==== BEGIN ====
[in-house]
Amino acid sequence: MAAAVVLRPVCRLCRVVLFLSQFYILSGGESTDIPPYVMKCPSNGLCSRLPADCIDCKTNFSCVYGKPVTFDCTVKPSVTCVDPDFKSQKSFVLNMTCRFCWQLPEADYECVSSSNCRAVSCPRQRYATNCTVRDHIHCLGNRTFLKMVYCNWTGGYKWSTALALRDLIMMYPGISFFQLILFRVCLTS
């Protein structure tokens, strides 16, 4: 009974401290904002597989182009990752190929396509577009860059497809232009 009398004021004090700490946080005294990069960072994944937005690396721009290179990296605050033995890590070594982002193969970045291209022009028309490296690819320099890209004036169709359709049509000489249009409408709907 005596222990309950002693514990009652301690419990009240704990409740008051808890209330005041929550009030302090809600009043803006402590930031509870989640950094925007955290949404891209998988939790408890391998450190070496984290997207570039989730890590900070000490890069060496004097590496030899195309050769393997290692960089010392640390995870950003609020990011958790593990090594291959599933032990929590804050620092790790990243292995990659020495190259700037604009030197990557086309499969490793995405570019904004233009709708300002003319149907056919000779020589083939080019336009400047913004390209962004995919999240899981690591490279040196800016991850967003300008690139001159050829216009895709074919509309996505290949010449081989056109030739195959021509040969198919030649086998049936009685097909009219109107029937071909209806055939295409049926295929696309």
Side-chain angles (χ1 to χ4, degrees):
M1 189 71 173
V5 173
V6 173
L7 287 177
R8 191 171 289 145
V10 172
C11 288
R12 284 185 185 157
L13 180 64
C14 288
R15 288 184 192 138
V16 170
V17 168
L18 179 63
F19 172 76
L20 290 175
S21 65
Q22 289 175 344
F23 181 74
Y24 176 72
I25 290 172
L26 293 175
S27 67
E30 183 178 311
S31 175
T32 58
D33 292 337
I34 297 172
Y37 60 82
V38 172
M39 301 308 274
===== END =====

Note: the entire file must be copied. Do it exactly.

[in-house]
Amino acid sequence: MAAAVVLRPVCRLCRVVLFLSQFYILSGGESTDIPPYVMKCPSNGLCSRLPADCIDCKTNFSCVYGKPVTFDCTVKPSVTCVDPDFKSQKSFVLNMTCRFCWQLPEADYECVSSSNCRAVSCPRQRYATNCTVRDHIHCLGNRTFLKMVYCNWTGGYKWSTALALRDLIMMYPGISFFQLILFRVCLTS
């Protein structure tokens, strides 16, 4: 009974401290904002597989182009990752190929396509577009860059497809232009 009398004021004090700490946080005294990069960072994944937005690396721009290179990296605050033995890590070594982002193969970045291209022009028309490296690819320099890209004036169709359709049509000489249009409408709907 005596222990309950002693514990009652301690419990009240704990409740008051808890209330005041929550009030302090809600009043803006402590930031509870989640950094925007955290949404891209998988939790408890391998450190070496984290997207570039989730890590900070000490890069060496004097590496030899195309050769393997290692960089010392640390995870950003609020990011958790593990090594291959599933032990929590804050620092790790990243292995990659020495190259700037604009030197990557086309499969490793995405570019904004233009709708300002003319149907056919000779020589083939080019336009400047913004390209962004995919999240899981690591490279040196800016991850967003300008690139001159050829216009895709074919509309996505290949010449081989056109030739195959021509040969198919030649086998049936009685097909009219109107029937071909209806055939295409049926295929696309």
Side-chain angles (χ1 to χ4, degrees):
M1 189 71 173
V5 173
V6 173
L7 287 177
R8 191 171 289 145
V10 172
C11 288
R12 284 185 185 157
L13 180 64
C14 288
R15 288 184 192 138
V16 170
V17 168
L18 179 63
F19 172 76
L20 290 175
S21 65
Q22 289 175 344
F23 181 74
Y24 176 72
I25 290 172
L26 293 175
S27 67
E30 183 178 311
S31 175
T32 58
D33 292 337
I34 297 172
Y37 60 82
V38 172
M39 301 308 274